Meanwhile, new case clusters emerged as people resumed their pre-pandemic routines. At least 16 infections were linked to a church in San Antonio. Ninety-five people tested positive at a housing facility for farmworkers in Oxnard, Calif. In Missouri, a summer camp shut down after more than 40 people, including campers and employees, tested positive.

“These cases reside in 10 states and multiple counties in Missouri,” the Stone County, Mo., Health Department said about the camp cluster. “Many of these cases returned to their place of residence and then tested positive.”

Federal workers in the U.S. are returning to their offices.

As virus cases increase around the United States, some of the federal government’s 2.1 million employees are heading back to their offices in one of the few regions where confirmed infections continue to decline: the nation’s capital.

At the Energy Department’s headquarters, 20 percent of employees — possibly as many as 600 — have been authorized to return. The Interior Department said in a statement last month that it anticipated about 1,000 workers to soon return daily to its main office near the White House. The Defense Department has authorized up to 80 percent of its work force to return to office spaces, which could result in up to 18,000 employees inside the Pentagon, according to a spokeswoman. Many of them are already there.

“Federal employees have been working throughout the entire pandemic,” said Everett Kelley, the national president of the American Federation of Government Employees, the largest union representing federal workers in the District of Columbia. “To move them to a work site so the administration can say they reopened the government is irresponsible.”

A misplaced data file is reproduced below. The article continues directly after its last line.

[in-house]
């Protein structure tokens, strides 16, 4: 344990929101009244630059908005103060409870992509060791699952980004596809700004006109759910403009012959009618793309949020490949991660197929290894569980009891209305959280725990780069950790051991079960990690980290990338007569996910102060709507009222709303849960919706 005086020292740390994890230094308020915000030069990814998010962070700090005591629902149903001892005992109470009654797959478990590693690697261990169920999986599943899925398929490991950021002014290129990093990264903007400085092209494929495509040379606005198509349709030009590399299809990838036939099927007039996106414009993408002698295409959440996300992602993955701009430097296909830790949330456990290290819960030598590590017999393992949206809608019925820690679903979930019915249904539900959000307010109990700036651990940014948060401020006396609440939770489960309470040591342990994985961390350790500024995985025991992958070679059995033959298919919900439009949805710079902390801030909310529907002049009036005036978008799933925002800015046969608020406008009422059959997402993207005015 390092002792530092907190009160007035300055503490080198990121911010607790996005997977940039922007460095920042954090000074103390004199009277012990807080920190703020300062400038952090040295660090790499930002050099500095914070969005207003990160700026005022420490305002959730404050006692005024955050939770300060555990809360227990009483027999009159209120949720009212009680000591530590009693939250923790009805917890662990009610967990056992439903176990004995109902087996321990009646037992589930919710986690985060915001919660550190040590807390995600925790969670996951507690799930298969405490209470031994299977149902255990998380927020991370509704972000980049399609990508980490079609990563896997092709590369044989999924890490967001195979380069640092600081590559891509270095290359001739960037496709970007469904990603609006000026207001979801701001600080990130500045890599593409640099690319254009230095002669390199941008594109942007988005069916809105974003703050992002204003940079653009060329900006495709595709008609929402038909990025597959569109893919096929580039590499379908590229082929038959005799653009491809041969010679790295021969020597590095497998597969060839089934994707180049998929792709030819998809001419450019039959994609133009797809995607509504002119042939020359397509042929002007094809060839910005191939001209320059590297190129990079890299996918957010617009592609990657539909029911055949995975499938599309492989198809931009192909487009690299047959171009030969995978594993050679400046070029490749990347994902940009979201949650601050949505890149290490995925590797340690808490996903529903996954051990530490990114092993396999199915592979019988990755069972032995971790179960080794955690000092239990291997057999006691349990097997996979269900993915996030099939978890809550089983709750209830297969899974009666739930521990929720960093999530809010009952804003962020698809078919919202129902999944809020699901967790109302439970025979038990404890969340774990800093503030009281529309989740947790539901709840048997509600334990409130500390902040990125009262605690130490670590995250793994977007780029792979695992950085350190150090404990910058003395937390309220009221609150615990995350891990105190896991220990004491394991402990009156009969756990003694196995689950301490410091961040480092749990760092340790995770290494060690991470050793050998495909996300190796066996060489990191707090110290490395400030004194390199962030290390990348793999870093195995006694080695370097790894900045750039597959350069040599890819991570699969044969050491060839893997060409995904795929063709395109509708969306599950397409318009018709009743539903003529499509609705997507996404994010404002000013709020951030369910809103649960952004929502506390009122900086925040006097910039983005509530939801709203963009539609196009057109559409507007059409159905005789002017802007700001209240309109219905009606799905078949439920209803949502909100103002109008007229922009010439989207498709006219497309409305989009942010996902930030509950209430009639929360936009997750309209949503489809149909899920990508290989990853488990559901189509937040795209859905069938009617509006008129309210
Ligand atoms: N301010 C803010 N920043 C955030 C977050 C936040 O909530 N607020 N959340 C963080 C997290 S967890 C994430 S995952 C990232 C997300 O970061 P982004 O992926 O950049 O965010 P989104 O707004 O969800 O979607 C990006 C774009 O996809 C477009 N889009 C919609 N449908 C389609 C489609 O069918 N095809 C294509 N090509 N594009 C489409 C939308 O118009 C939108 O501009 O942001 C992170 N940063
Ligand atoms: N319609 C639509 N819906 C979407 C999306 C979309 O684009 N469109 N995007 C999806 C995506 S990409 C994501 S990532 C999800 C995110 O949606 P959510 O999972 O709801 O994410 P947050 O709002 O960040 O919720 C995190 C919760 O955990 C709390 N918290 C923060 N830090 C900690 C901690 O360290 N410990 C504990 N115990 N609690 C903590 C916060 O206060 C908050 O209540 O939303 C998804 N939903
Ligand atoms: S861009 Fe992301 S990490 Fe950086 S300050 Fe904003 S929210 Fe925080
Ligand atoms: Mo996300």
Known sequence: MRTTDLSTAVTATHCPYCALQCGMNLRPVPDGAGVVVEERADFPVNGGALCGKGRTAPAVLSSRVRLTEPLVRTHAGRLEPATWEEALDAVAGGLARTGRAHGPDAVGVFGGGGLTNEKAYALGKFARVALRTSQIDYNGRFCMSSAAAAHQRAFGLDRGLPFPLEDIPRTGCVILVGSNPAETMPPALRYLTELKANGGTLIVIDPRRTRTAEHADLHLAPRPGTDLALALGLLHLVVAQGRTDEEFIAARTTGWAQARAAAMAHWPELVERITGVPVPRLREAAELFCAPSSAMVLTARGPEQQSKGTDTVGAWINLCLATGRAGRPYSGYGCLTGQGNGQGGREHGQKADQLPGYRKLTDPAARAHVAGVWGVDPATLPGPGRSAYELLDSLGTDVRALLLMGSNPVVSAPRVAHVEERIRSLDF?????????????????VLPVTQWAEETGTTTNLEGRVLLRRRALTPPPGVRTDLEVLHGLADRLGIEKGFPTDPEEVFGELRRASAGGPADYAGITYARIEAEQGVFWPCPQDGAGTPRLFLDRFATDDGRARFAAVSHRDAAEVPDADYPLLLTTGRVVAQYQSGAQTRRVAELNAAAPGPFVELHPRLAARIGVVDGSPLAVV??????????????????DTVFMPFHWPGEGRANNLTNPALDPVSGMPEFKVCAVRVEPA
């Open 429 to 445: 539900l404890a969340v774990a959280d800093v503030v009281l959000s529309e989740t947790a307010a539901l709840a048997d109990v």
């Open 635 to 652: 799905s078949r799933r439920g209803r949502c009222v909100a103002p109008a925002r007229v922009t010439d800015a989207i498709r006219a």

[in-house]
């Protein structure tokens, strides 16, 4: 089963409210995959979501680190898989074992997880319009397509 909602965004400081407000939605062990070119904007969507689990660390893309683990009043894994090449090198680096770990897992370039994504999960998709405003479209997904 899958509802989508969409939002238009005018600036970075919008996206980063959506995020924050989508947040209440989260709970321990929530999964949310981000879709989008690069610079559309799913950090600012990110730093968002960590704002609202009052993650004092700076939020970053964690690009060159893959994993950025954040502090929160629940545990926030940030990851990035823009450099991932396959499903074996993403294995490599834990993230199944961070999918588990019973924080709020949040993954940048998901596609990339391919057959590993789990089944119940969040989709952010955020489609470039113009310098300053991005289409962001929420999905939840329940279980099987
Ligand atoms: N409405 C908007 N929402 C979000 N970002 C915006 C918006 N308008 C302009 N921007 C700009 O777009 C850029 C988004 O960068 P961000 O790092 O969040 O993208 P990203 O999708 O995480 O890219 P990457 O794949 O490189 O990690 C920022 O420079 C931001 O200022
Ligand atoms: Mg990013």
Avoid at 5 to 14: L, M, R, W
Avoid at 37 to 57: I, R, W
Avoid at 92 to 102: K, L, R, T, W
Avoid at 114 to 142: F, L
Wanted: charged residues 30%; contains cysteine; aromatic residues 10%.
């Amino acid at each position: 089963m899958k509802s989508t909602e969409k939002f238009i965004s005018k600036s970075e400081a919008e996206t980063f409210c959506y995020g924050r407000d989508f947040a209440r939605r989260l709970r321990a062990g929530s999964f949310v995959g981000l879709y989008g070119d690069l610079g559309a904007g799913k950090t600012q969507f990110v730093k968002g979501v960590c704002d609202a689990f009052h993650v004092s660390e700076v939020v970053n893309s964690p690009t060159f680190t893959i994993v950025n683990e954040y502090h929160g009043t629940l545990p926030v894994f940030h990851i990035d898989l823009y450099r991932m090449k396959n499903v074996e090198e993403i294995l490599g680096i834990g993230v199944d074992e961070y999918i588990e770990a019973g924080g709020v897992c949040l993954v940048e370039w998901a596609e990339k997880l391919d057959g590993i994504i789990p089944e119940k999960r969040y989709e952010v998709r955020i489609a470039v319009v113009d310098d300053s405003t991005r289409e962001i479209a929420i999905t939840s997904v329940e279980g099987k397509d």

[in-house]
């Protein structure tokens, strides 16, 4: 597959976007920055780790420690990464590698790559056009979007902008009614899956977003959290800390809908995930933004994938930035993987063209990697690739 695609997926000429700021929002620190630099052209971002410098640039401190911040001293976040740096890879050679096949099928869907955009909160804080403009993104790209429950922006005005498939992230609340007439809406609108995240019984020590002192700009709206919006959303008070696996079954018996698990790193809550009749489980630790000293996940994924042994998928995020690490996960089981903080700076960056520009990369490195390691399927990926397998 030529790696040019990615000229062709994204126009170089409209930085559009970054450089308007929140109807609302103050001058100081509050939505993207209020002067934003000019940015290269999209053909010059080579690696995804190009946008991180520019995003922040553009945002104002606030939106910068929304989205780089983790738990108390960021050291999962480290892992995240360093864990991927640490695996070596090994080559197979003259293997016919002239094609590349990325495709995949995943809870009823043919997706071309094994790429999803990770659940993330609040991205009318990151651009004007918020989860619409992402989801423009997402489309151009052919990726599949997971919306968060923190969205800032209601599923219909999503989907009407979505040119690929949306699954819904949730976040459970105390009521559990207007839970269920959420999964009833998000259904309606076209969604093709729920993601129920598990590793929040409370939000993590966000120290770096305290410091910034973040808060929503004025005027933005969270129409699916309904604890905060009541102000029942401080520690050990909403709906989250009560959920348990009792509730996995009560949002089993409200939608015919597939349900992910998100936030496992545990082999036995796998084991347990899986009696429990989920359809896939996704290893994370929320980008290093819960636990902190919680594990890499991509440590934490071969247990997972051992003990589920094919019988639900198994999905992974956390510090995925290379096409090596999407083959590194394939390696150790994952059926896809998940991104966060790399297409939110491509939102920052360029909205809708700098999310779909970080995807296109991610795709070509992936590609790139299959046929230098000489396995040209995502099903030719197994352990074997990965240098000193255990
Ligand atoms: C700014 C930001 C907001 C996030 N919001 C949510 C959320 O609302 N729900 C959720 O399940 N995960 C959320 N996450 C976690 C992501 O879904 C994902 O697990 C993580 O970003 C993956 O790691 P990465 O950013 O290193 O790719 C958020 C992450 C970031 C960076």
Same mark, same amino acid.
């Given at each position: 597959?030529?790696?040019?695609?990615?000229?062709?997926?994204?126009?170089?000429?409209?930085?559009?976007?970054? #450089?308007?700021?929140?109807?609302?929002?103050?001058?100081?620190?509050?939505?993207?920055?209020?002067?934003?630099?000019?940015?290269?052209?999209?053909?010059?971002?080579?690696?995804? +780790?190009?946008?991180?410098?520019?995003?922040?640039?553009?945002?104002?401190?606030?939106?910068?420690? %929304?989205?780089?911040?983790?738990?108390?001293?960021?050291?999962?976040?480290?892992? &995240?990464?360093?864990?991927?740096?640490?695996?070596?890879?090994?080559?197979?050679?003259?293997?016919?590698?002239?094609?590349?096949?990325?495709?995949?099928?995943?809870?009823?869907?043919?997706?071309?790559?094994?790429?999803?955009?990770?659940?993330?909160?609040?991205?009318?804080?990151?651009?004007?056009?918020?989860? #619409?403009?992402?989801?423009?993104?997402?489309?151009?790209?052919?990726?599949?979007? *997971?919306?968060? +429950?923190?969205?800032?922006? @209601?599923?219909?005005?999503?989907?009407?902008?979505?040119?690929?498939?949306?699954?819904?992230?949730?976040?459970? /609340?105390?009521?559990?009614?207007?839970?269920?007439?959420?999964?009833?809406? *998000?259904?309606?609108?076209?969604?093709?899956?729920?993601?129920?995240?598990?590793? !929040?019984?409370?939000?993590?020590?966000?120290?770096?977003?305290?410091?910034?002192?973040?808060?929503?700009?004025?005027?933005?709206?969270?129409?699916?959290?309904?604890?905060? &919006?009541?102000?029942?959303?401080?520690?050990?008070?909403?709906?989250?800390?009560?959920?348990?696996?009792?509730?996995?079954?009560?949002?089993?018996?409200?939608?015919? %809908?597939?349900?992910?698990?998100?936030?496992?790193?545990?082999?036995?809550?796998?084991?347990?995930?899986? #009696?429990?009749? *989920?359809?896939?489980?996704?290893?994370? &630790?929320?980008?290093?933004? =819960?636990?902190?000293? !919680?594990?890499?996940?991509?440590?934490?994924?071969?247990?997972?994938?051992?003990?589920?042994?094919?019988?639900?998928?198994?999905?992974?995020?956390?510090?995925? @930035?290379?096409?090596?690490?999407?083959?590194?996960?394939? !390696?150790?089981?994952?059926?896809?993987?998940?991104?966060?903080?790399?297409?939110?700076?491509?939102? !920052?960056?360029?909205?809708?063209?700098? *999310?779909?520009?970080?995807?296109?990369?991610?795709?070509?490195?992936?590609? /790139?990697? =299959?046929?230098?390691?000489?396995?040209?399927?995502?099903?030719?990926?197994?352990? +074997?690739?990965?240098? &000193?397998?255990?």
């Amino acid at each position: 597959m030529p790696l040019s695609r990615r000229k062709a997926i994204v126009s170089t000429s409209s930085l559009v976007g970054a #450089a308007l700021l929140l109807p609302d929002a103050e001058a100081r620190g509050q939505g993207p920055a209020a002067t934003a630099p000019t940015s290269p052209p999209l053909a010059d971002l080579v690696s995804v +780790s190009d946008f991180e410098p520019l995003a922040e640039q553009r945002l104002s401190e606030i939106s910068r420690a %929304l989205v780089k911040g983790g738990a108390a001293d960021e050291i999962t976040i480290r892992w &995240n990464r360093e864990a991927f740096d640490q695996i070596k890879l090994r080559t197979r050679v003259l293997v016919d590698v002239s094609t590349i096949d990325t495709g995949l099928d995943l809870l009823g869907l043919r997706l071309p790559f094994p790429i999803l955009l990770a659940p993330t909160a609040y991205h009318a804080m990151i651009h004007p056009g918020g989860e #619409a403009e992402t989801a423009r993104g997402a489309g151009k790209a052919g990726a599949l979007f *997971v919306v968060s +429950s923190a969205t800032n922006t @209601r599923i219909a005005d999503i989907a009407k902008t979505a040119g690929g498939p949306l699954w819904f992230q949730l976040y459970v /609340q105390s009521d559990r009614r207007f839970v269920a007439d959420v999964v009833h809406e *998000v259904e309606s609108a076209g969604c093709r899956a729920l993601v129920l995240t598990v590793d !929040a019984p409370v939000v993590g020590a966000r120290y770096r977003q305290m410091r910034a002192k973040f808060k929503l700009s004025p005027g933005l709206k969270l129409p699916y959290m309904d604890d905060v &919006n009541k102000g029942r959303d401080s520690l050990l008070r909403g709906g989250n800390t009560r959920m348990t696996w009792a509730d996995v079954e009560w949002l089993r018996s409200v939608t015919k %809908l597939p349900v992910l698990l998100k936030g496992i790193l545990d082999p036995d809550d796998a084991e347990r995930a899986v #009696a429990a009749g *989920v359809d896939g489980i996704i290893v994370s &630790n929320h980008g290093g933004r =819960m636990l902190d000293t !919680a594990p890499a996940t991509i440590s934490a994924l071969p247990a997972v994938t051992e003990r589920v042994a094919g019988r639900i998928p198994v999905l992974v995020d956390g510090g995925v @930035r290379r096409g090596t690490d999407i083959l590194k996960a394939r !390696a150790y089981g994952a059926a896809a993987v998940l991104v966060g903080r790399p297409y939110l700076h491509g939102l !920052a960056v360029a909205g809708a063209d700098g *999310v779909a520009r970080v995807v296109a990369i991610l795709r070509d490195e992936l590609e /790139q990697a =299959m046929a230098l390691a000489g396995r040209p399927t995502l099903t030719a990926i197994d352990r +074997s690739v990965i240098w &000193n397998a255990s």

Governments in the capital region are less than enthusiastic about a rush back. Cases in the District of Columbia, Maryland and Virginia are now holding steady, just days after cases in Washington had been declining.

A panel of public health experts chosen to inform Mayor Muriel E. Bowser’s reopening strategy in Washington recommended initially capping office buildings at 25 percent capacity, a threshold some federal agencies will soon exceed. In April, Ms. Bowser, Gov. Larry Hogan of Maryland and Gov. Ralph Northam of Virginia signed a letter urging the Trump administration to continue encouraging telework for the federal work force as much as possible.

Many private employers in the region have closed their offices to nonessential workers until at least Labor Day, but federal back-to-work orders are not changing. And that has local epidemiologists worried.

“You don’t want to negate all of the hard work that the D.C., Maryland, Virginia regions have done to reduce the number of cases of coronavirus in our region, by then returning everyone to work and potentially reversing the trends,” said Amanda Castel, an epidemiology professor at George Washington University.

Early numbers found that Black and Latino people were being harmed by the coronavirus at higher rates, but new federal data — made available after The New York Times sued the Centers for Disease Control and Prevention — reveals a clearer and more complete picture: Black and Latino people have been disproportionately affected across the United States, throughout hundreds of counties in urban, suburban and rural areas, and across all age groups.

Latino and African-American residents of the United States have been three times as likely to become infected as their white neighbors, according to the new data, which provides detailed characteristics of 640,000 infections detected in nearly 1,000 U.S. counties. And Black and Latino people have been nearly twice as likely to die from the virus as white people, the data shows.

The disparities persist across state lines and regions. They exist in rural towns on the Great Plains, in suburban counties, like Fairfax County, Va., and in many of the country’s biggest cities.